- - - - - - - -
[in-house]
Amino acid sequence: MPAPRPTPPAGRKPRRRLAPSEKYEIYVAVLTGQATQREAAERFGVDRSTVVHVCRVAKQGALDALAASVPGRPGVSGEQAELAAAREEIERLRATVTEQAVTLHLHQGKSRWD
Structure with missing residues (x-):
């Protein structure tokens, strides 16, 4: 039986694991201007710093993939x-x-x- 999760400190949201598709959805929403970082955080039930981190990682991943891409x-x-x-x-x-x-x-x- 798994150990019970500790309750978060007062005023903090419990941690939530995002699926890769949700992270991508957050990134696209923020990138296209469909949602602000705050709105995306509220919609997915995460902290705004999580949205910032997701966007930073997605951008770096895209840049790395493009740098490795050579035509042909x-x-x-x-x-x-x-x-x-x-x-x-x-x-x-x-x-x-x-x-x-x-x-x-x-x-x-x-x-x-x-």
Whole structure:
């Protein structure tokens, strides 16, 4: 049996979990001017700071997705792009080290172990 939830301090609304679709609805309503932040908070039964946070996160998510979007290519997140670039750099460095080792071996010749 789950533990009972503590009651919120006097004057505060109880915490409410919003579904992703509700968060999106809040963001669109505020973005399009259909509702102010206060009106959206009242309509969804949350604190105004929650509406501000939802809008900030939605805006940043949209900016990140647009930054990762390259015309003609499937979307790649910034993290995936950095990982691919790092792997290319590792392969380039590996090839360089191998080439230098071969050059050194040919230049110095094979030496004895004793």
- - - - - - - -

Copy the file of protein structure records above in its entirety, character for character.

[in-house]
Amino acid sequence: MPAPRPTPPAGRKPRRRLAPSEKYEIYVAVLTGQATQREAAERFGVDRSTVVHVCRVAKQGALDALAASVPGRPGVSGEQAELAAAREEIERLRATVTEQAVTLHLHQGKSRWD
Structure with missing residues (x-):
């Protein structure tokens, strides 16, 4: 039986694991201007710093993939x-x-x- 999760400190949201598709959805929403970082955080039930981190990682991943891409x-x-x-x-x-x-x-x- 798994150990019970500790309750978060007062005023903090419990941690939530995002699926890769949700992270991508957050990134696209923020990138296209469909949602602000705050709105995306509220919609997915995460902290705004999580949205910032997701966007930073997605951008770096895209840049790395493009740098490795050579035509042909x-x-x-x-x-x-x-x-x-x-x-x-x-x-x-x-x-x-x-x-x-x-x-x-x-x-x-x-x-x-x-």
Whole structure:
């Protein structure tokens, strides 16, 4: 049996979990001017700071997705792009080290172990 939830301090609304679709609805309503932040908070039964946070996160998510979007290519997140670039750099460095080792071996010749 789950533990009972503590009651919120006097004057505060109880915490409410919003579904992703509700968060999106809040963001669109505020973005399009259909509702102010206060009106959206009242309509969804949350604190105004929650509406501000939802809008900030939605805006940043949209900016990140647009930054990762390259015309003609499937979307790649910034993290995936950095990982691919790092792997290319590792392969380039590996090839360089191998080439230098071969050059050194040919230049110095094979030496004895004793």